Ereck Flowers' transition to guard went fairly well in Washington, with the former tackle bust stabilizing his career at a convenient time. The Dolphins bought in, signing the 2015 top-10 pick to a three-year, $30 million deal. Flowers was one of the league's worst tackles but will receive a massive raise based on a small work sample at guard. Considering the Dolphins drafted a quarterback with significant injury concerns, they do not have one proven O-line starter on their roster. Tua Tagovailoa's blockers range from small-sample-size free agents, holdovers from a bad line and two rookies.
Amid a retooling offseason that included the trade of Stefon Diggs, releases of longtime starters Linval Joseph and Xavier Rhodes and multiple other free agency defections in the secondary, the Vikings will save some money. However, they made 15 draft picks and 11 of those came from Rounds 4-7. Minnesota acquired picks in the Diggs deal and a Friday swap with the Saints but may have been better served by packaging some of these selections to move up for talent during the draft. But competition for back-end roster spots and practice squad space will be intense this summer.
The Broncos once replaced Peyton Manning with seventh-rounder Trevor Siemian, but their roster was in better shape than the current Patriots'. Not only did the Pats not take a wide receiver in a loaded draft at the position, but they also passed on all QBs. Bill Belichick surely has a plan, but Jarrett Stidham threw four passes last season and never tossed more than 18 touchdown passes in a college season. With a questionable receiving corps and famed O-line coach Dante Scarnecchia gone, Stidham is not in a great position. The Pats are taking a while if they are not, in fact, planning a Stidham- Brian Hoyer QB battle.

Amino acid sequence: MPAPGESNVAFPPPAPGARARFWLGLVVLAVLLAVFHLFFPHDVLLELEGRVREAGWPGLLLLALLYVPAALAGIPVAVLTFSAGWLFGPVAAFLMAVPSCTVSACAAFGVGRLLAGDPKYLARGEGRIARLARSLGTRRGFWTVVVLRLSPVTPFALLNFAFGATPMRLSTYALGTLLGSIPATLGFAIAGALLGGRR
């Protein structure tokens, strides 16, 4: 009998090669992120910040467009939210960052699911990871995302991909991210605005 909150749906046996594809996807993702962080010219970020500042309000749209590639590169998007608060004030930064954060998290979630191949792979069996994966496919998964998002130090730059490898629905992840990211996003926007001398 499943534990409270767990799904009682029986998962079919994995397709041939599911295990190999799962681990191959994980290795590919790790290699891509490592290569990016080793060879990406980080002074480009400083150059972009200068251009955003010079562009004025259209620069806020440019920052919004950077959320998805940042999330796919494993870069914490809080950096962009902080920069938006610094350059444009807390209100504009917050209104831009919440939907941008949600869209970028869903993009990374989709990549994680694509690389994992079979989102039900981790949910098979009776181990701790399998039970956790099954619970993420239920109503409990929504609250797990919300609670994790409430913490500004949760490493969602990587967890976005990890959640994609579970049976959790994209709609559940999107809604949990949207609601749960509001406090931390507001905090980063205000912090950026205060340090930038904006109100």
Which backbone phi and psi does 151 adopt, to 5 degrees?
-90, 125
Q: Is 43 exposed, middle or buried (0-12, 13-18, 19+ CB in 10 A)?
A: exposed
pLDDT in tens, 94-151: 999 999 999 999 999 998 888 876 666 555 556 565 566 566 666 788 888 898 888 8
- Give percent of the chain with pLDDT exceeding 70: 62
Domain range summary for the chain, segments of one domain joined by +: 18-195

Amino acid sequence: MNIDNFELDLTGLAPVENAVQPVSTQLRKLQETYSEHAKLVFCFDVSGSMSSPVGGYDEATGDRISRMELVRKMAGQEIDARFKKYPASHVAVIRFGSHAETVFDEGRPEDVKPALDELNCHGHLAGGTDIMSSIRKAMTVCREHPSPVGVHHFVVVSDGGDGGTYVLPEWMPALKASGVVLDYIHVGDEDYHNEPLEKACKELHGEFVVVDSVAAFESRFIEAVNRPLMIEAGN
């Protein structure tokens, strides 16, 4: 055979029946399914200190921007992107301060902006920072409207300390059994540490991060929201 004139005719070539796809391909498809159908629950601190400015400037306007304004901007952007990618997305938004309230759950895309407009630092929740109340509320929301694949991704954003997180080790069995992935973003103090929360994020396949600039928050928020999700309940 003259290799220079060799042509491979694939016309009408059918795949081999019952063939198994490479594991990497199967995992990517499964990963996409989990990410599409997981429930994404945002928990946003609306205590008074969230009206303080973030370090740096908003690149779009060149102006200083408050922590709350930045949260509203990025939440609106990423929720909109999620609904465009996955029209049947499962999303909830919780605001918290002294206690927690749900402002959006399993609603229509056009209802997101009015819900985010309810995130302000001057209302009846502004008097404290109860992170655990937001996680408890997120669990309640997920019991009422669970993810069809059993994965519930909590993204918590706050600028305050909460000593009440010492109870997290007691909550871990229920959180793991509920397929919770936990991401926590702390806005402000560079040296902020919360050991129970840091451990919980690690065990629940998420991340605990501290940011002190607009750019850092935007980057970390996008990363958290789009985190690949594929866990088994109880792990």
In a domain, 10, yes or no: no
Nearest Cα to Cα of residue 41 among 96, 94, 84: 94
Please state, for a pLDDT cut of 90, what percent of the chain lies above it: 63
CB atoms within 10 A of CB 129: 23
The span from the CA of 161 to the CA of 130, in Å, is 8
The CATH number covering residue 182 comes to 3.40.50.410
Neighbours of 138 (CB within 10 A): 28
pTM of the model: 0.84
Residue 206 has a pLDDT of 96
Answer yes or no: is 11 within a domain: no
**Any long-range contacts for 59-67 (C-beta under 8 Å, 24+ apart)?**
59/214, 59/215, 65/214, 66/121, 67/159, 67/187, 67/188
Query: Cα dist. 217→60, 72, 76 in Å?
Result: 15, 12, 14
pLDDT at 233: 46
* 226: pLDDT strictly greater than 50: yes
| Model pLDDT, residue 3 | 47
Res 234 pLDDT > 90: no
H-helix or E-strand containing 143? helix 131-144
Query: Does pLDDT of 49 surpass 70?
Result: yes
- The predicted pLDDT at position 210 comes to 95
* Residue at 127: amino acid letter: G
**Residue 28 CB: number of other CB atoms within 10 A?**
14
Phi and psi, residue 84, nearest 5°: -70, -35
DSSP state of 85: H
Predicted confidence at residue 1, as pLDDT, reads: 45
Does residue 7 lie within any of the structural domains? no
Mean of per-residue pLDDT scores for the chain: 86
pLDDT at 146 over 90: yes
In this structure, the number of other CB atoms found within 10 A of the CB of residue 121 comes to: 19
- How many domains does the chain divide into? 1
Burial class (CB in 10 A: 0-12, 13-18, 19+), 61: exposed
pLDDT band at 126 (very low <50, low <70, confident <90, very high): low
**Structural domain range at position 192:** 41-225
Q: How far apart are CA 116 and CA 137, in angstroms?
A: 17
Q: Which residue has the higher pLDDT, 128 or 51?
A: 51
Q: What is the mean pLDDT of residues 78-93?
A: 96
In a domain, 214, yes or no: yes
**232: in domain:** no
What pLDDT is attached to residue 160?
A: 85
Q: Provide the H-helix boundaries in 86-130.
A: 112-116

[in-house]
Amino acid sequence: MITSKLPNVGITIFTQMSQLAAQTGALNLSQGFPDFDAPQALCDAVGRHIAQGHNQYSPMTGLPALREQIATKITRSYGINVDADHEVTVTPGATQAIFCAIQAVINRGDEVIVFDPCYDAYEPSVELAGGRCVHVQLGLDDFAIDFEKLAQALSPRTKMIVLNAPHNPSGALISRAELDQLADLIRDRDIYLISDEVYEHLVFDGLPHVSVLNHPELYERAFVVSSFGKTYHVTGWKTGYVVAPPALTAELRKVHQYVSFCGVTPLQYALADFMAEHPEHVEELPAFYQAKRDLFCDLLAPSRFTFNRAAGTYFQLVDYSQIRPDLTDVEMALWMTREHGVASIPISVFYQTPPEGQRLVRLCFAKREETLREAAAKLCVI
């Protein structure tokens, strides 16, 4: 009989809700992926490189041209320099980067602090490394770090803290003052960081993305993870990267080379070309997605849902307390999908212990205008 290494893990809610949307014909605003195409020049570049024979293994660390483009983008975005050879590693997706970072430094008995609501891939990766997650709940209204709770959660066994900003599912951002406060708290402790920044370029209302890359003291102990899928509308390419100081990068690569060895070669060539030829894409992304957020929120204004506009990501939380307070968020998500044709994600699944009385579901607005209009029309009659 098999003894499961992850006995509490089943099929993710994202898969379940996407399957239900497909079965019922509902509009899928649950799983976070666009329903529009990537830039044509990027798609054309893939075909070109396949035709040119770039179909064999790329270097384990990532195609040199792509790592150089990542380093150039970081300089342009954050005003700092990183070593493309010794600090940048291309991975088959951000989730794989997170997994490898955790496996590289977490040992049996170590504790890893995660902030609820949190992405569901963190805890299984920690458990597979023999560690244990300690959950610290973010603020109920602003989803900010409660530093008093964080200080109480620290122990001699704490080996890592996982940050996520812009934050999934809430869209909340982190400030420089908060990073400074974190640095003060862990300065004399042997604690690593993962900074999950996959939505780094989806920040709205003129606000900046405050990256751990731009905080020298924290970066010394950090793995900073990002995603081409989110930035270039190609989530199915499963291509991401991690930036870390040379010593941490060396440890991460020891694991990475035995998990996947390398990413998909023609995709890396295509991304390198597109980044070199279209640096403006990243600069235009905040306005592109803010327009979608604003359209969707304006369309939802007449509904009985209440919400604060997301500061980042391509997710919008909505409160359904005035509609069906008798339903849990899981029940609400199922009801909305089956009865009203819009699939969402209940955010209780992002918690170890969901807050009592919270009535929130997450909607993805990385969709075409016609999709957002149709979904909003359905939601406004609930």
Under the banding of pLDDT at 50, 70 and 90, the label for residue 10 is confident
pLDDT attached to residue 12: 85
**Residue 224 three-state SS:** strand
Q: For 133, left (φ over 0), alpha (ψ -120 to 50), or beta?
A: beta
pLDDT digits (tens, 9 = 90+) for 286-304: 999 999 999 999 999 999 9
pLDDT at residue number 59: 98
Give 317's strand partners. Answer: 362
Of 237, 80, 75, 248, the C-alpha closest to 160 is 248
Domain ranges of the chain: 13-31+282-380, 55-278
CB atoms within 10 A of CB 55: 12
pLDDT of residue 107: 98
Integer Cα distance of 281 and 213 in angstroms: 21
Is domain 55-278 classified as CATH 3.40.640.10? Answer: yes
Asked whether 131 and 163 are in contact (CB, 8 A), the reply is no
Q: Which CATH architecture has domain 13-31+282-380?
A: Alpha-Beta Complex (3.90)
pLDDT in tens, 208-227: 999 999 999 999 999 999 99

The Saints have made a staggering commitment to not only shoring up their interior offensive line but also creating a surplus. They now have guard starters Andrus Peat and Larry Warford signed to $11.5M- and $8.5M-per-year deals, used a second-round 2019 pick on center starter Erik McCoy, signed backup Nick Easton to a $6M-AAV accord and used a 2020 first-rounder on center Cesar Ruiz. Pro Football Focus graded Peat as a bottom-tier guard the past two years, but he made the past two Pro Bowls. It does not seem like New Orleans' roster can house all of these players. For O-line buffs, this situation will be fun to follow.
The Giants used a $16.1M franchise tag on a player who is either one of the great almost-sackers of our time or someone who simply has not justified a top-10 draft slot. Leonard Williams ranks 87th in sacks (17.5) since 2015 but sits 12th in QB hits in that span. The ex-Jet recorded a half-sack in 15 games last season but wants to be tagged as a defensive end. Even on the D-tackle tag, Williams now has a higher negotiating floor than his play deserves. The Giants already employed a talented D-line, and with next to nothing at outside linebacker, this Williams decision was expensive and bizarre.
This will be a key year for the Jets quarterback. Darnold has shown the most chemistry with Robby Anderson during his career, but the Jets let him walk for a fairly modest price. The Panthers signed the deep threat, who said he wanted to stay in New York, to a two-year, $20M deal. The Jets added cheaper replacement Breshad Perriman; they now have Perriman, Jamison Crowder and second-round pick Denzel Mims, a wideout trying to buck a years-long trend of Baylor receivers busting. The Jets could have kept Anderson and drafted Mims but instead made Darnold's job more difficult.